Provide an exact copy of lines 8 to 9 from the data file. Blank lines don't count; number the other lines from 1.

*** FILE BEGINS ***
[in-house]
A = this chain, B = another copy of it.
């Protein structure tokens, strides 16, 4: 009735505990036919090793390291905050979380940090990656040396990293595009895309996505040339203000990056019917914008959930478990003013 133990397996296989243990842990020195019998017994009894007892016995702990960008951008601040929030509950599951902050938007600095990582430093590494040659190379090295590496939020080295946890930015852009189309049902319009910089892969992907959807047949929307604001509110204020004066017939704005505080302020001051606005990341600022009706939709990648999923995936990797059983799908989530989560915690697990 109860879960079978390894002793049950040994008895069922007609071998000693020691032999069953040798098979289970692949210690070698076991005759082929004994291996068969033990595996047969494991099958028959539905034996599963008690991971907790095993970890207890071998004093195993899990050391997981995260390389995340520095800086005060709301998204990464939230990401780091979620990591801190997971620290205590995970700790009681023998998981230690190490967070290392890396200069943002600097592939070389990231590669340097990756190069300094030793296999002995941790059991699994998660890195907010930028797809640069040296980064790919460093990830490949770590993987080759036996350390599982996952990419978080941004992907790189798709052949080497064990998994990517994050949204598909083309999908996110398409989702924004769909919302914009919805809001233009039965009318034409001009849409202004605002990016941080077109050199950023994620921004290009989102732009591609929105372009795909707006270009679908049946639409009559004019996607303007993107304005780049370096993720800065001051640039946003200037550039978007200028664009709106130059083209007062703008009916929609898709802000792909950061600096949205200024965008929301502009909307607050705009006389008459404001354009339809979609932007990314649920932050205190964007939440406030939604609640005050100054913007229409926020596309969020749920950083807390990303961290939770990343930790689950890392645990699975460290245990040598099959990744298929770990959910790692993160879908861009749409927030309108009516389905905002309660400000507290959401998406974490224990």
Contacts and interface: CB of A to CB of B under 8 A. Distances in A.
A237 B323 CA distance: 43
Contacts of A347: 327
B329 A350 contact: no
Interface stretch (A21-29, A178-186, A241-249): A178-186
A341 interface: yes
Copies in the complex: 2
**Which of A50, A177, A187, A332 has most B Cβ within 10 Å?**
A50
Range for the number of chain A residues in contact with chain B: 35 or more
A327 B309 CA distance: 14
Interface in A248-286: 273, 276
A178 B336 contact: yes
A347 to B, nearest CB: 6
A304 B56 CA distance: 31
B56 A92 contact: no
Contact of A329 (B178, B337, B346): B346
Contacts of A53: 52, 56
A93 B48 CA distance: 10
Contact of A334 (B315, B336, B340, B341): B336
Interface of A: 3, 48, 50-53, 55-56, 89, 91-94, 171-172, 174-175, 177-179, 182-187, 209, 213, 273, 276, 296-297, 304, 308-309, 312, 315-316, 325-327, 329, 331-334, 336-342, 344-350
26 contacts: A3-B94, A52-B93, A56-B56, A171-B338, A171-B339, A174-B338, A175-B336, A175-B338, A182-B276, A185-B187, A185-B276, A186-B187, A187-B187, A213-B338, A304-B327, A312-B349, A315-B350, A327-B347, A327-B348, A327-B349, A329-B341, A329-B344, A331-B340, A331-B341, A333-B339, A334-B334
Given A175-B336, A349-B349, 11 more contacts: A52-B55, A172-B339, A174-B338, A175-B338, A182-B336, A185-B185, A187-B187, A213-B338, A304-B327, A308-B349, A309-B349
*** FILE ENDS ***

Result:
Interface stretch (A21-29, A178-186, A241-249): A178-186
A341 interface: yes